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Monday 23 April 2018

Case Management Workshop Outline: Shared Concepts Make Better Teamwork


Version: PS/CM/1/1.0


Author: Anthony Grapes



IOM teams bring together staff from varied professional backgrounds into a single unit.  Different people bring with them different backgrounds, experience and training.  They also bring with them quite different understandings of terms, ideas and practices in spite of the fact that they use the same words to refer to them.  This can be a major hurdle to collaborative working.

Case management is a case in point, and important to IOM teams, since case management is the backbone of what IOM teams do;  “offender management” (integrated or otherwise) is, after all, only “case management with offenders”.



Who should attend?

This workshop is appropriate for all staff at all levels involved in making an operational IOM project work well.   It is not grade-specific; it works on the assumption that all staff will benefit from a good understanding of the “core business process” of the organisation.



Learning outcomes

This workshop will help participants to:

  • understand what is meant by “case management”, where the term comes from and how it used differently in different organisations

  • develop a shared understanding of some of  the immediate past context in which IOM is set

  • apply evidence from research to the management and practice of case management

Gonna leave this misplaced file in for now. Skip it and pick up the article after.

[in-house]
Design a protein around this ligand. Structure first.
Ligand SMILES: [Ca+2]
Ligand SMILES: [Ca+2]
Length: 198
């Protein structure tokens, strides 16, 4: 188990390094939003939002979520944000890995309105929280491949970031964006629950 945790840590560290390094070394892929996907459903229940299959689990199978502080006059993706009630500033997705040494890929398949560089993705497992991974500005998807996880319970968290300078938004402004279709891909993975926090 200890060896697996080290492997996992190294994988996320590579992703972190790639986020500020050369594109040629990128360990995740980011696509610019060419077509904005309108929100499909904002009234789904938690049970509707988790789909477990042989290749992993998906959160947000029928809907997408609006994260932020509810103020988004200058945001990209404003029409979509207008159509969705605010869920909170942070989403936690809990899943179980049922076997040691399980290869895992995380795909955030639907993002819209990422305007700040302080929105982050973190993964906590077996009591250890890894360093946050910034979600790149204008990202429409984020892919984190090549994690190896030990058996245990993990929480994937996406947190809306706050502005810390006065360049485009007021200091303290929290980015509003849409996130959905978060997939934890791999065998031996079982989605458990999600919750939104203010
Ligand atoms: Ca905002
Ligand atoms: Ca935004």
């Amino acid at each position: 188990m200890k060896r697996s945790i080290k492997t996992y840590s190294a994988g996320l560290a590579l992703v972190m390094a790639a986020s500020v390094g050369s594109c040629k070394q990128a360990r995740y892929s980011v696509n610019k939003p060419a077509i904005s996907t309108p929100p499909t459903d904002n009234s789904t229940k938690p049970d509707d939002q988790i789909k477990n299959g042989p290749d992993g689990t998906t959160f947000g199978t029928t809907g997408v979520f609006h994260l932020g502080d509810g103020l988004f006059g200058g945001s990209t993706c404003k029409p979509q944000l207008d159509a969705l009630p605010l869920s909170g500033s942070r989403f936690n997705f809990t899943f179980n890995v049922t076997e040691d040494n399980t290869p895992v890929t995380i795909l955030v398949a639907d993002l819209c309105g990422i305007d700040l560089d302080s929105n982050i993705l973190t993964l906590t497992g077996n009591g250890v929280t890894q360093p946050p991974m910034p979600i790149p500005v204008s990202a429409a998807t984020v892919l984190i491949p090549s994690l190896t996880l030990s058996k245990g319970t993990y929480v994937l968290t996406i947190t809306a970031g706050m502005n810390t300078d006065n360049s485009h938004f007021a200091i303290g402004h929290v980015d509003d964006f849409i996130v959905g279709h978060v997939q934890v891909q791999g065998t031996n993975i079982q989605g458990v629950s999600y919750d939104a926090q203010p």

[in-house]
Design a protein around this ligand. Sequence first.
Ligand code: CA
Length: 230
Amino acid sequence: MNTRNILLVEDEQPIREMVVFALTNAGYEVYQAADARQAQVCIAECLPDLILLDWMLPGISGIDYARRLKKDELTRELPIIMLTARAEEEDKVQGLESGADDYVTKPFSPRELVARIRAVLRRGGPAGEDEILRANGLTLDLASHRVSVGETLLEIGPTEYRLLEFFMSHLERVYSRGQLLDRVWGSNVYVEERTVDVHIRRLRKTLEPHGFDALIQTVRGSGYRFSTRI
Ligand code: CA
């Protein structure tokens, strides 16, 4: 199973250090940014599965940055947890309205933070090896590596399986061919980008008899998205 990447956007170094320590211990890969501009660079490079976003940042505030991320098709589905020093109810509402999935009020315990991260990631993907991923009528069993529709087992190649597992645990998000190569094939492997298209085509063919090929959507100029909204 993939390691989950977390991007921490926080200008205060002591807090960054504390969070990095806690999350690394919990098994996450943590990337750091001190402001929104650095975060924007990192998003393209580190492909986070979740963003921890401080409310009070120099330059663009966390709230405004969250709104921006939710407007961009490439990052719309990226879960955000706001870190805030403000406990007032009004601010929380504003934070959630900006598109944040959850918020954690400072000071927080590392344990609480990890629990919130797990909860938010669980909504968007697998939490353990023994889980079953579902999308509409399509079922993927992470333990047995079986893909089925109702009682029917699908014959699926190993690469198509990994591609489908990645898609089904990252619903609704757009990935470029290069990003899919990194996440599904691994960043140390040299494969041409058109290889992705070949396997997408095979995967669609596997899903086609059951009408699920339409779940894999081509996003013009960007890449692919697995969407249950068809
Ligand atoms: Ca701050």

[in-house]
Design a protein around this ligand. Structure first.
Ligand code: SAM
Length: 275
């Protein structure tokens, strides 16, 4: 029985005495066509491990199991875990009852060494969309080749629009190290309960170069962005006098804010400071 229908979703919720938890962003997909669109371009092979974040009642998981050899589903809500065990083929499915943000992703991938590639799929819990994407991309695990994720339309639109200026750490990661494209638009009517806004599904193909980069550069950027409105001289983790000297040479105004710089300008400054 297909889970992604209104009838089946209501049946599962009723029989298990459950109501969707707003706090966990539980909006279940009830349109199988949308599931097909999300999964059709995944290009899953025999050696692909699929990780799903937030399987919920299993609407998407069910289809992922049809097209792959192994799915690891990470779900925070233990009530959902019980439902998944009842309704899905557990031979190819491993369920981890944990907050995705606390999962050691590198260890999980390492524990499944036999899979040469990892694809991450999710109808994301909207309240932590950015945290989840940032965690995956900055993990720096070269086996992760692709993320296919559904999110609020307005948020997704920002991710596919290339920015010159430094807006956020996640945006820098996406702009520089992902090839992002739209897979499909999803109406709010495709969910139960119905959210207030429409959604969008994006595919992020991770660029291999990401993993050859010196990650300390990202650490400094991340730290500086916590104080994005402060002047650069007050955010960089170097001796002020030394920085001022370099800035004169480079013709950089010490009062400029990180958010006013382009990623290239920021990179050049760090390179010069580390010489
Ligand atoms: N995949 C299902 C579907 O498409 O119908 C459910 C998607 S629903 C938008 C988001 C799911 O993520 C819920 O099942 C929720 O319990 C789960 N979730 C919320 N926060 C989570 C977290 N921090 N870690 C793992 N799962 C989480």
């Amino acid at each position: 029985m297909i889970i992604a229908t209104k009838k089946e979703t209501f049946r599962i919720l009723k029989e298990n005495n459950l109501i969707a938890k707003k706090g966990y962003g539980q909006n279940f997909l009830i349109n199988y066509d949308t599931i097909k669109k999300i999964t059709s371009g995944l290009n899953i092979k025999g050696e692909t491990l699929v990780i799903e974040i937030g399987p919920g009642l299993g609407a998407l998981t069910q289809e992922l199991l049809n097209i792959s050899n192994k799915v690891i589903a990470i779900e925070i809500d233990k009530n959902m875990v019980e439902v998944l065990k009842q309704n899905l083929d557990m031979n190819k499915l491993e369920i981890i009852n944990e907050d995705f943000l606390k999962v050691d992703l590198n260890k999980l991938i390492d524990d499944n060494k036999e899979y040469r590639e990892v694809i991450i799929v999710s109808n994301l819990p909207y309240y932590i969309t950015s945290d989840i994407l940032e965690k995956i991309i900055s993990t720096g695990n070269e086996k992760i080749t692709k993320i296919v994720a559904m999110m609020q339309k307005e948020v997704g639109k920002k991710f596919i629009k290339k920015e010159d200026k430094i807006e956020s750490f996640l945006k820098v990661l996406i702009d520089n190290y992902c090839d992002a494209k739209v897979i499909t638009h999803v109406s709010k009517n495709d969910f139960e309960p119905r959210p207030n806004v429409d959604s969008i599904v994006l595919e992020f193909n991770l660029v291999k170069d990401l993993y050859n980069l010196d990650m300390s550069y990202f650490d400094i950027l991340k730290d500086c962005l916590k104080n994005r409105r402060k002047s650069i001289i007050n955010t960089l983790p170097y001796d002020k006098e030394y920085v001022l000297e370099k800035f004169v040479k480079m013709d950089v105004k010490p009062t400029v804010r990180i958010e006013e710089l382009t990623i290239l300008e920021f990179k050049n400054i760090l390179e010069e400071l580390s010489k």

• reach corporate understandings of familiar terminology

  • develop consistent thinking and practice in their own unit



Learning style

The workshop has been designed as a mixture of facilitator inputs, focused discussions and exercises. Participants should expect a high level of interaction and should be prepared to use their own experience to promote and consolidate learning.

The workshop file is an animated Powerpoint slideshow.  It is designed to enable a trainer/facilitator to work through the material without having a detailed personal knowledge of it.  A few slides have supplementary trainers notes, but on the whole the flow of the workshop is designed into the slideshow.  It is assumed that the facilitator/trainer has some basic training experience and the skills, knowing when to pause, re-cap, repeat, illustrate or innovate.  The facilitator/trainer is advised to work steadily through the slide show in advance of running the material; do not advance too hastily.




The workshop covers four key areas:


  • The Origins of Case Management

    • A resume of the historical origins of the idea of case management

  • The Research Evidence about Effective Case Management with offenders

    • A summary of key research in 5 sections

    • Developing common understanding of some well-worn terms (e.g. meta-analysis)

  • The Core Case Management Process

    • Assess – Plan – Implement - Review

    • Ideas, issues and pointers for each stage of the process

  • Frameworks for Implementing Case Management

    • Designing-in continuity

    • Teamwork – the offender-specific Case Management Team

    • Differentiation/individualisation – priority setting,  tiering and resource allocation




The workshop could be run in one day at a brisk pace.  The 4 sections could equally be run as separate modules; sections 1 and 2 lend themselves to being run as free-standing events.